In the butterfly strip above right, you can see how wonderful my neighbors are: one of them gave me a ton of plants and seeds to experiment with last fall—the anise hyssop (foreground) and salvia (next down the row on the right) are doing splendidly. A month later (below), you can see the hyssop nearly covers the garbage carts, while the rest of the plants have started filling in nicely.

Not pictured in this post are the gorgeous red yarrow that I dug out of the same neighbor's yard this spring, and the thyme I dug out of another neighbor's yard. Everyone has irises to share, of course. And the brilliant carpenter who built our shed and gate has brought me a few lovely hellebores which will be beautiful early next spring. This kind of community is exactly what I was hoping to find here. Some people go to church. I stand around and look at plants and talk to my neighbors. Below, an aster that I pulled from a neighbor's yard last fall wakes up in April.

All kind of things have been slowly emerging in the last months. Some things take longer to reappear than you would think, if your main gardening life has been in always-growing California. Dormancy made me worry that all my plants were dead, when really they're just taking a long, long nap. And of course some actually did die. That's disappointing, but anyone who loves plants knows that a dead plant is just an opportunity to acquire more plants.

The same aster is the big thing center/rear-ish, above. The big tallish thing toward the front is an agastache. That mound of silvery stuff is an artemisia, which is hardly notable except for the fact the Nicky pulled the center of it out not once, not twice, but three or four times. I will no longer get annoyed at him for doing it—the plant certainly doesn't seem to mind.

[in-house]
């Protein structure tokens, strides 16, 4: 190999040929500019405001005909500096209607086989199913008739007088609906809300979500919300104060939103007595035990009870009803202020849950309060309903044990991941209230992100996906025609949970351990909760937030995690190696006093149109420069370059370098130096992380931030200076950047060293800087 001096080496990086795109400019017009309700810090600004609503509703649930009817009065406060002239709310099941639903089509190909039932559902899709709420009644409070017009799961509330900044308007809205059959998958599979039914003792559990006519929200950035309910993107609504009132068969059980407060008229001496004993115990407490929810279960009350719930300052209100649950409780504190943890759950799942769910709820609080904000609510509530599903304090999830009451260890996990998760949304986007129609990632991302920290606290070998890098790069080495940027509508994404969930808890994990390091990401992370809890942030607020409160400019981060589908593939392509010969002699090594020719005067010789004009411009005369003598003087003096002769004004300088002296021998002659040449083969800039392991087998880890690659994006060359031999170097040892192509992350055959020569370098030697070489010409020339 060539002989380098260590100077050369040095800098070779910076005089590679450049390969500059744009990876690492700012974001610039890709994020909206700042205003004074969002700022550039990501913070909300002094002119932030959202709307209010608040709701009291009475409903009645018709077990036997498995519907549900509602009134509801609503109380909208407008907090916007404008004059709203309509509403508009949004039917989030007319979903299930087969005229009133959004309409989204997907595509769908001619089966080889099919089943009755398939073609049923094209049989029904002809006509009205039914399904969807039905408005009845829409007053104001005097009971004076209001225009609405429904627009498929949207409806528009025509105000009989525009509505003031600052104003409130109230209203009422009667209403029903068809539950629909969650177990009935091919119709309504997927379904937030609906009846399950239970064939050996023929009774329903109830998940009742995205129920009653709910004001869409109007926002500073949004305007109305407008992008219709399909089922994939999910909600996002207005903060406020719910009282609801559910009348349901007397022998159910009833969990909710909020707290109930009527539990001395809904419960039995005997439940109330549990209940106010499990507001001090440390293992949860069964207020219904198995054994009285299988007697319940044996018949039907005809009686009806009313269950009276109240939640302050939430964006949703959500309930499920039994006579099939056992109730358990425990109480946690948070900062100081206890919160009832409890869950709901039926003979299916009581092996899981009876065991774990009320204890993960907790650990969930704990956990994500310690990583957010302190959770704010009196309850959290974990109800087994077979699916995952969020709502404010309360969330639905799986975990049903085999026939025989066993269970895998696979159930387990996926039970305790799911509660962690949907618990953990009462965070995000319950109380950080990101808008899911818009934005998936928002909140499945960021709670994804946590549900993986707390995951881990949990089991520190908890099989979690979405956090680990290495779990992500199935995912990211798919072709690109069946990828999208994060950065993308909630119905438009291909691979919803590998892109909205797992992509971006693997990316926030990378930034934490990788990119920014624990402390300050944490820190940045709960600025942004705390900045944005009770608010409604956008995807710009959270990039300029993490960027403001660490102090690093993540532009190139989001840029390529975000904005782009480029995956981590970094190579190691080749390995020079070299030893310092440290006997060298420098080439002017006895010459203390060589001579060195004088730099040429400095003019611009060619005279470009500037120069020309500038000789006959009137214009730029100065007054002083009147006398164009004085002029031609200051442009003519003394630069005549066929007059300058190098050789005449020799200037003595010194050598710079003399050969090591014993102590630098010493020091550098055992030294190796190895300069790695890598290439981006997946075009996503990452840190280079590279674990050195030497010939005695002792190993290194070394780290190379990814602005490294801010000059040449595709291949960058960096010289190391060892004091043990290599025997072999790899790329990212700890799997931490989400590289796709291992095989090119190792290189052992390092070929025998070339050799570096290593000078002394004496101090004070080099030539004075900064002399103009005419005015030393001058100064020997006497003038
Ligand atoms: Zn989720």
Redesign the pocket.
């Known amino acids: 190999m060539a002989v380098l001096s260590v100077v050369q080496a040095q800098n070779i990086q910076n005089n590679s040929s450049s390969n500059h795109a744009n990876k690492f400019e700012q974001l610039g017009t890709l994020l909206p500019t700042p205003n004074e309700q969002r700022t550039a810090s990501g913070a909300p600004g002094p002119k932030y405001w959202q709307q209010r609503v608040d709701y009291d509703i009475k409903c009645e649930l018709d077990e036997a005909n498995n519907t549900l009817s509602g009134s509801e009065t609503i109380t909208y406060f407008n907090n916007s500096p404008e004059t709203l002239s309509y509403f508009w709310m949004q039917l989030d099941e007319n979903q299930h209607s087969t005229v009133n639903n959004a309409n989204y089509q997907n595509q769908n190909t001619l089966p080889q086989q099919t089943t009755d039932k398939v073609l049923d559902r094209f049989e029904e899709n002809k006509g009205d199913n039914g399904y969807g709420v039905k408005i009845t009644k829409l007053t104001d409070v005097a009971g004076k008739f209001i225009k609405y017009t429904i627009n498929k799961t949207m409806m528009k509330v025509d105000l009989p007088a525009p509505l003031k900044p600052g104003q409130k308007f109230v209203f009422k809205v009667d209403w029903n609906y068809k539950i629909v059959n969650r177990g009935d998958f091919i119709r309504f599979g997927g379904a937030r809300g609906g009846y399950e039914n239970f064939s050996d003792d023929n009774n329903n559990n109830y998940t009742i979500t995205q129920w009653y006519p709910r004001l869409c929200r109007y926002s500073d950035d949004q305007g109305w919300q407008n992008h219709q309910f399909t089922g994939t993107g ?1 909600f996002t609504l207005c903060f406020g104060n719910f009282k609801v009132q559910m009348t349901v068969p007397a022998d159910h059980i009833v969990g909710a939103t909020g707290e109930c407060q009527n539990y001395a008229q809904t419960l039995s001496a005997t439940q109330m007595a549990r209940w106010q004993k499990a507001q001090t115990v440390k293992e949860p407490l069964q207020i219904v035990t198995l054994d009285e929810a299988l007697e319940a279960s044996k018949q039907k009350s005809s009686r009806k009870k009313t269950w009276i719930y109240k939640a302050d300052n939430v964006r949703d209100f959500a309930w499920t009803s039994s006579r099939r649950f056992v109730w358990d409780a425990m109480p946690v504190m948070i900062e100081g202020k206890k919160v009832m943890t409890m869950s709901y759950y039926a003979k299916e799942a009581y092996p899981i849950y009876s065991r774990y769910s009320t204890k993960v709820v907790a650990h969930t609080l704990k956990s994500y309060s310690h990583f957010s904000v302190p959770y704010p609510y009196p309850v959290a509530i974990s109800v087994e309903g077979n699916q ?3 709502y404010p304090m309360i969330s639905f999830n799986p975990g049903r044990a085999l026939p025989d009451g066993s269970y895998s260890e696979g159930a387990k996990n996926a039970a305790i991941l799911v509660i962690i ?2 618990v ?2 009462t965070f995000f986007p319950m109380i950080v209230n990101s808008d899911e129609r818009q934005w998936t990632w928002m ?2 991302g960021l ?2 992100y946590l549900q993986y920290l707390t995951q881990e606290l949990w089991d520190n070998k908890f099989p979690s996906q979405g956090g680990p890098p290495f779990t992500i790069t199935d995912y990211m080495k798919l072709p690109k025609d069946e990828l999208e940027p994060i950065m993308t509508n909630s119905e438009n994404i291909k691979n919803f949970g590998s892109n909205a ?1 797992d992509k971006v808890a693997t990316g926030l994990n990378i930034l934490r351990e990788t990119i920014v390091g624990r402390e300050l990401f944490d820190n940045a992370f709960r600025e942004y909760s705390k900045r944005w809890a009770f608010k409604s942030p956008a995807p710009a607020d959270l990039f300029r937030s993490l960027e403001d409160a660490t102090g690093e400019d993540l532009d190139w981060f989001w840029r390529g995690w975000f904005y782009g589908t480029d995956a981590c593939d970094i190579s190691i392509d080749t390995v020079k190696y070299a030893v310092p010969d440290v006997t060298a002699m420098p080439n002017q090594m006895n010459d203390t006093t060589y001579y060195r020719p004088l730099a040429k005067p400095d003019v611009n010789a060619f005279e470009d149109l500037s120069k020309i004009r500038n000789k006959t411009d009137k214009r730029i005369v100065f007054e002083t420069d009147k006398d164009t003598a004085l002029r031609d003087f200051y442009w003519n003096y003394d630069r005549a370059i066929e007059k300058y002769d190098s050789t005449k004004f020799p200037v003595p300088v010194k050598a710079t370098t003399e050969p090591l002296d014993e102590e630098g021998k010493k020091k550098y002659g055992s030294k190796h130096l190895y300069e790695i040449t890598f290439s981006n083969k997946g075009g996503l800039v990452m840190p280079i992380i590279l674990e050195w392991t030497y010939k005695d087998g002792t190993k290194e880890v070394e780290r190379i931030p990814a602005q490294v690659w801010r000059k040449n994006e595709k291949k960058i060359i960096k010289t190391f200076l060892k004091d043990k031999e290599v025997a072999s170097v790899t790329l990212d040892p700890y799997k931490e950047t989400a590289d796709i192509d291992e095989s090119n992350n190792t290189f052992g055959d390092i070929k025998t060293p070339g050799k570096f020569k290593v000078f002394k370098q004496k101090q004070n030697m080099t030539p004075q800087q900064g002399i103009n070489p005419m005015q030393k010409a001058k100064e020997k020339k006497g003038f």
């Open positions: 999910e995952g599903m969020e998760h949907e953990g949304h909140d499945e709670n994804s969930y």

I am glad that I'm inclined to wait and see if something's a weed before I pull it—if not for my magnificent procrastinating skills, I might have missed the tiny sage that I remember watching die almost as soon as I planted it last fall, and I might have pulled out the pomegranate tree that's now exploding with fresh, healthy growth.

I might have missed the minute signs that the Russian Sage, which looks so spare next to the lush verbena, is healthily spreading its roots. So I will keep waiting, sitting on my favorite step, watching the plants grow.

Russian sage, looking good.

The second thing to bloom in our yard this year: Gaillardia.
The most satisfying aspect of this waiting game is noting the small changes every day, in addition to the big shifts from April to June.
Summer Phlox ('Nicky' varietal—how could I resist)

Asclepias incarnata
Every bud, every tiny flower is a revelation, a sign that things are working. There are more weeds than I'd care to admit, but when it's 100 degrees for nearly a week straight, my focus is on keeping everything alive. So I kill wooly aphids with Dawn, water at dusk, and keep my eyes on the tiniest parts of the plants.

Gosh, it almost looks like a real garden! (asclepias, mistflower, rocks. Pawpaw in background on left)

This coleus. So cool.

Coleus bloom.

It's hard to wait, but the beauty of waiting is learning more and seeing what thrives. I've got plenty of time.